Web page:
The Court muddied the waters, however, in Lapides v. Board of Regents of University System of Georgia, 535 U.S. 613 (2002). In Lapides, the state of Georgia relied on United States Fidelity & Guaranty Co. and Shaw. The Court had any number of responses, but ended up choosing a problematic one. The Court distinguished the cases as having involved the United States’ immunity, not “the Eleventh Amendment—a specific text with a history that focuses upon the States’ sovereignty vis-a-vis the Federal Government.” Lapides, 535 U.S. at 623. As I have previously written, “[t]his matter-of-fact uncoupling of states’ sovereign immunity from federal sovereign immunity is contrary to more than 100 years of Supreme Court jurisprudence.”[2]

Thankfully, the Court in Sossamon has “re-coupled” the states’ sovereign immunity and federal sovereign immunity. In ruling for Texas, the Court relied on a case involving the United States’ immunity, Lane v. Pena, 518 U.S. 187 (1996). Sossamon, 131 S. Ct. at 1658. The Court then added an explanatory ─ and very helpful ─ footnote:

Although Lane concerned the Federal Government, the strict construction principle, which flows logically from the requirement that consent be “unequivocally expressed,” applies to the sovereign immunity of the States as well. Cf. United States v. Nordic Village, Inc., 503 U. S. 30, 37 (1992) (equating the “unequivocal expression” principle from “the Eleventh Amendment context” with the principle applicable to federal sovereign immunity); College Savings Bank v. Florida Prepaid Postsecondary Ed. Expense Bd., 527 U. S. 666, 682 (1999) (noting the “clos[e] analogy” between federal and state sovereign immunity); Belknap v. Schild, 161 U. S. 10, 18 (1896) (“[A] State … is as exempt as the United States [is] from private suit”).

Id. at 1658 n.4. That language should clear up, once and for all, that states may rely on federal sovereign-immunity cases and principles in support of their own immunity claims.

Harrington v. Richter

State habeas lawyers are already familiar with Harrington v. Richter, a decision in which the Court excoriated the Ninth Circuit for failing to abide by the Antiterrorism and Effective Death Penalty Act (AEDPA) and for failing to give sufficient deference to trial counsel under Strickland v. Washington. State lawyers are particularly fond of the Court’s statement that AEDPA permits a federal court to grant habeas relief under 28 U.S.C. §2254(d)(1) only “where there is no possibility that fair-minded jurists could disagree that the state court’s decision conflicts with this Court’s precedent.” 131 S. Ct. at 786. Other favorites are the statements that “even a strong case for relief does not mean the state court’s contrary conclusion was unreasonable,” and that “[i]f this standard is difficult to meet, that is because it was meant to be.” Id. at 786. I would like to focus on a different, less-noticed passage.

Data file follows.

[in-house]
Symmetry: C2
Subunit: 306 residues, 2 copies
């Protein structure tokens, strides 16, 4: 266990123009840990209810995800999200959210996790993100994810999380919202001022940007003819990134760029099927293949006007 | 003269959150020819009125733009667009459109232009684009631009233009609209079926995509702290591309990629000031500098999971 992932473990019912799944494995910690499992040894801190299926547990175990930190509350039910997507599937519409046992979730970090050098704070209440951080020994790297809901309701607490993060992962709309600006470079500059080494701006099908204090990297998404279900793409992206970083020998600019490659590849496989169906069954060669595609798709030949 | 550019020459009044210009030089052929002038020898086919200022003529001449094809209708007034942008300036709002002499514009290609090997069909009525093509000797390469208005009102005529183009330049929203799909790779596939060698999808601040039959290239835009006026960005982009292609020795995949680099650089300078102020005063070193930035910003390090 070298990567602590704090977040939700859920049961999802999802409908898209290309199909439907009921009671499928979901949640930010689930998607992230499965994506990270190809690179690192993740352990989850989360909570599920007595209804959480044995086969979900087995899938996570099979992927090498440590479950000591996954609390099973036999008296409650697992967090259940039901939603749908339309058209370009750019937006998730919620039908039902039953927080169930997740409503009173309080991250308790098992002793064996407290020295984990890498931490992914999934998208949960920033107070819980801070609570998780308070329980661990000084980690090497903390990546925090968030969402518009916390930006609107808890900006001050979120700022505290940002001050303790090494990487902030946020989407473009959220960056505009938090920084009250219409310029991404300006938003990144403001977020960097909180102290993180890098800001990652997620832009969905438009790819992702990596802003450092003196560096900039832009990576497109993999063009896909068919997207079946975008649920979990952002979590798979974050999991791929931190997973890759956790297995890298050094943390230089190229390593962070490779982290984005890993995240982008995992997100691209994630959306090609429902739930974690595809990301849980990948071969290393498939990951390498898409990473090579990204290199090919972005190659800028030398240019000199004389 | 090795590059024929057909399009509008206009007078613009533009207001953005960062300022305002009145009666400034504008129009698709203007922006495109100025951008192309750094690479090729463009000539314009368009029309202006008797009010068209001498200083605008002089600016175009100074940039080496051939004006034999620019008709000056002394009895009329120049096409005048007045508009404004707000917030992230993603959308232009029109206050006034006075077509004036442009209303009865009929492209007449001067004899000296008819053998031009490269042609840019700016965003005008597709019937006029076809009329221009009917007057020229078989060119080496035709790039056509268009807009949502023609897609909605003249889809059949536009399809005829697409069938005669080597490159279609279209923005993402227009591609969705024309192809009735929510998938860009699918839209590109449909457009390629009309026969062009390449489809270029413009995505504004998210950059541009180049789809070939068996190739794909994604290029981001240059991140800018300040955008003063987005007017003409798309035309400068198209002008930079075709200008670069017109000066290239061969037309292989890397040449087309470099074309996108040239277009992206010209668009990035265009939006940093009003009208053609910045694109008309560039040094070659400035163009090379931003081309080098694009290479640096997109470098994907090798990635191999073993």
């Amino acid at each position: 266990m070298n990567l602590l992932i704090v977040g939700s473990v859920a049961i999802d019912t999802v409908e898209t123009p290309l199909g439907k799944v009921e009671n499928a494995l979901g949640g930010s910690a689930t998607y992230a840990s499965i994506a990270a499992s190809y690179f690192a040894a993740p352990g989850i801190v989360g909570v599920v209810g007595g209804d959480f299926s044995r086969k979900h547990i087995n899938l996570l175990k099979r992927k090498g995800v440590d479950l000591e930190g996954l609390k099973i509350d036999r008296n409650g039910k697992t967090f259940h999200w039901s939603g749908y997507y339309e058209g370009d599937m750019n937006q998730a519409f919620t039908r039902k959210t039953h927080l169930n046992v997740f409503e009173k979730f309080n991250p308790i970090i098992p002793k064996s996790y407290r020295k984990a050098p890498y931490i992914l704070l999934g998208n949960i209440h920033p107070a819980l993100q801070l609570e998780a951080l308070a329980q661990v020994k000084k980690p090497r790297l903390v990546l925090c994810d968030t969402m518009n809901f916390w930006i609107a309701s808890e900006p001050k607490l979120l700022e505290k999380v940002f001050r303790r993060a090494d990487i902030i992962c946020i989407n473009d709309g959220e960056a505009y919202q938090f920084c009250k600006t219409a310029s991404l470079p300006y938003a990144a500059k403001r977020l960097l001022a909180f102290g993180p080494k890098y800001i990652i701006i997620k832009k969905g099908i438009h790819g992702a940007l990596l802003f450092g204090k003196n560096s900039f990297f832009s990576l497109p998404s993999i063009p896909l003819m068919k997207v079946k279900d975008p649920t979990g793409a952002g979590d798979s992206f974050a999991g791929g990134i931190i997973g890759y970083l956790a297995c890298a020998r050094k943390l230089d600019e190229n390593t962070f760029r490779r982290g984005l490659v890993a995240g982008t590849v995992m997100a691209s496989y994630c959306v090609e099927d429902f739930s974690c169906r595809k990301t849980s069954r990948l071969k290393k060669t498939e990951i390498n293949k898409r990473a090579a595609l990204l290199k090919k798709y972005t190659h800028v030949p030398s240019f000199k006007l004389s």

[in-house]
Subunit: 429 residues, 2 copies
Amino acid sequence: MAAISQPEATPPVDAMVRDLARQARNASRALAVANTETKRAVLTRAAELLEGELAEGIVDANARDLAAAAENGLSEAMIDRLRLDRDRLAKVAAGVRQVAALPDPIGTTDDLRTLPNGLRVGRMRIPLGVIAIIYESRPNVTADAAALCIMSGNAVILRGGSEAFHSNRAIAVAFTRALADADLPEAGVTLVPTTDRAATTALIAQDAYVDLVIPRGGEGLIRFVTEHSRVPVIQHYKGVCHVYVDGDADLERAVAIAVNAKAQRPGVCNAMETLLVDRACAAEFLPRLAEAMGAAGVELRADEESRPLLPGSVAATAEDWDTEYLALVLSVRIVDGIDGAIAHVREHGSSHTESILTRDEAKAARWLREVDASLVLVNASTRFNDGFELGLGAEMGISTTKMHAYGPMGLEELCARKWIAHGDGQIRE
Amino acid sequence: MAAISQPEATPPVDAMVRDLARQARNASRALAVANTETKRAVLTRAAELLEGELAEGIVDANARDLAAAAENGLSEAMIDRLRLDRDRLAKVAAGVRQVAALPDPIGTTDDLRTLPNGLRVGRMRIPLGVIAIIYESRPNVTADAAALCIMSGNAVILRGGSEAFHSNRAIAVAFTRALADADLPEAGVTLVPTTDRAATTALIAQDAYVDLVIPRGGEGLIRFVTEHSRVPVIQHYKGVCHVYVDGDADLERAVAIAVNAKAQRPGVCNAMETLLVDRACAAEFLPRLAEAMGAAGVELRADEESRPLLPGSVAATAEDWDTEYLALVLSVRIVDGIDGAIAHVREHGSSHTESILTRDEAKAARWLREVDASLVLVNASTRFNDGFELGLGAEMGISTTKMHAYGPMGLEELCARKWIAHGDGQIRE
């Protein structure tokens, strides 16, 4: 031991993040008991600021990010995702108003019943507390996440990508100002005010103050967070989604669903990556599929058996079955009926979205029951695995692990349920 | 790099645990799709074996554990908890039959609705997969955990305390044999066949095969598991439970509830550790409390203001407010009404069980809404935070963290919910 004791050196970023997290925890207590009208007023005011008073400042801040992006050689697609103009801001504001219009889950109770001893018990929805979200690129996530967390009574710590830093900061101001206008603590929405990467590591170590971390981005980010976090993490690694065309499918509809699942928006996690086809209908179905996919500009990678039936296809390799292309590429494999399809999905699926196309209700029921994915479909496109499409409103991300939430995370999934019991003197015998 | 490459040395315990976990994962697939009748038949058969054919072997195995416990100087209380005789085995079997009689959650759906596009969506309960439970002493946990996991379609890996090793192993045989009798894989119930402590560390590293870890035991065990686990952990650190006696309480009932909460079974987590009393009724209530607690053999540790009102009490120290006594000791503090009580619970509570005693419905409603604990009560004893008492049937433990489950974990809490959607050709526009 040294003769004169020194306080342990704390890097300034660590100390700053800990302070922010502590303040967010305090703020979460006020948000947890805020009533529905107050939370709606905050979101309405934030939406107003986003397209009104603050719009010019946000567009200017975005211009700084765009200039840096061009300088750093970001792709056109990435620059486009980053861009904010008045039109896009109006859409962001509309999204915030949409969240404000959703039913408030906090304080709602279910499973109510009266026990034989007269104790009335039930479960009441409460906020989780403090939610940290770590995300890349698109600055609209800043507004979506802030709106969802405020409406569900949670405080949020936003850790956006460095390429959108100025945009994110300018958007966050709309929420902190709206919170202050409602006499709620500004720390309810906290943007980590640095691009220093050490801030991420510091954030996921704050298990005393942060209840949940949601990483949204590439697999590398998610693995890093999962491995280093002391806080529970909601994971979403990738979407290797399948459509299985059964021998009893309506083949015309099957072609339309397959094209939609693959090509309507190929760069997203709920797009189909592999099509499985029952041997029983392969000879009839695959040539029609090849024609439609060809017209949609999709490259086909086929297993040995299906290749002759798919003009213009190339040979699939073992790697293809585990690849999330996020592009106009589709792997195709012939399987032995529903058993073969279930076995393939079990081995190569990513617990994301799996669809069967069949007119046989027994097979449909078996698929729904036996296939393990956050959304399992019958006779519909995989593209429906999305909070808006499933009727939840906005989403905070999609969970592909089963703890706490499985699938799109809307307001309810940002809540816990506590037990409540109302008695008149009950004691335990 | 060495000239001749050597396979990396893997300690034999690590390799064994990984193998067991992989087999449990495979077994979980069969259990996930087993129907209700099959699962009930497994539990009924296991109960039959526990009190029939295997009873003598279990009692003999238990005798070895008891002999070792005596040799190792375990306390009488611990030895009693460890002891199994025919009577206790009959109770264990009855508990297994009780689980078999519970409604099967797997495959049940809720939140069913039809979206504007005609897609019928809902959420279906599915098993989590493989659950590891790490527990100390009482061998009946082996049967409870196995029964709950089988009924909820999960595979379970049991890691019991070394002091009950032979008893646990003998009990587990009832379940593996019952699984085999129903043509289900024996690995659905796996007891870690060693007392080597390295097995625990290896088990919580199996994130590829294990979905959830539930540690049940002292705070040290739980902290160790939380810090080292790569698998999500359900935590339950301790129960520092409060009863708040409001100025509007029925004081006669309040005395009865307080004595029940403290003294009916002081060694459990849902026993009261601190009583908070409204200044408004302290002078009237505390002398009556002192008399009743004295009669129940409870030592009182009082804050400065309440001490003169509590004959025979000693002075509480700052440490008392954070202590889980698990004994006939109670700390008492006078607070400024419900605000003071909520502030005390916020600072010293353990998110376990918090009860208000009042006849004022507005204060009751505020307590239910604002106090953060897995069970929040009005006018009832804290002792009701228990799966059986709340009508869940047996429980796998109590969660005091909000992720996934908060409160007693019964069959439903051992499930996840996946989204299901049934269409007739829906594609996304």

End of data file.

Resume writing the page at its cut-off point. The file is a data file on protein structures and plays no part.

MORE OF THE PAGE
One of the major innovations of AEDPA was authorizing federal courts to grant habeas relief with respect to a legal claim addressed on the merits by the state court only if the state court’s adjudication was “contrary to, or an unreasonable application of, clearly established Federal law, as determined by the Supreme Court.” 28 U.S.C. §2254(d)(1). Thus, a federal court can no longer grant habeas relief merely because it disagrees with the state court’s legal ruling. The federal court typically has to find that the state court’s ruling was “an unreasonable application of” Supreme Court precedent ─ or, in the Supreme Court’s words, “objectively unreasonable.” Williams v. Taylor, 529 U.S. 362, 409 (2000).

Nonetheless, it is not uncommon for federal habeas courts to conduct an ordinary de novo review of the legal issue and then, after reaching a different conclusion than the state court, to add (in so many words) that “we therefore conclude that the state court’s ruling was an unreasonable application of Supreme Court precedent.” Indeed, that’s precisely what the Ninth Circuit did in Harrington. And the Supreme Court was having none of it.

Here it is not apparent how the Court of Appeals’ analysis would have been any different without AEDPA. The court explicitly conducted a de novo review, 578 F.3d, at 952; and after finding a Strickland violation, it declared, without further explanation, that the “state court’s decision to the contrary constituted an unreasonable application of Strickland.” 578 F. 3d, at 969. AEDPA demands more. Under §2254(d), a habeas court must determine what arguments or theories supported or, as here, could have supported, the state court’s decision; and then it must ask whether it is possible fair-minded jurists could disagree that those arguments or theories are inconsistent with the holding in a prior decision of this Court. The opinion of the Court of Appeals all but ignored “the only question that matters under §2254(d)(1).” Lockyer v. Andrade, 538 U. S. 63, 71 (2003).
131 S. Ct. at 786.

A federal habeas court must now do more than assert that the state court’s decision was objectively unreasonable; it must explain why that’s so. And that explanation must go beyond a mere repetition of the federal court’s conclusion that the state court erred. The federal court must explain why “there is no possibility that fair-minded jurists could disagree that the state court’s decision conflicts with th[e Supreme] Court’s precedent.” This unheralded portion of a decision little known outside the habeas corpus field should prove very helpful to the states in the upcoming years.

[1] See Richard W. Garnett, William H. Rehnquist: A Life Lived Greatly, and Well, 115 Yale L.J. 1847, 1849 (2006).

[2] Dan Schweitzer, Lapides v. Board of Regents of University System of Georgia: A Partial Answer to the Sovereign Immunity-Waiver Conundrum, 17 National Environmental Enforcement Journal No. ___, at __ (___ 2002).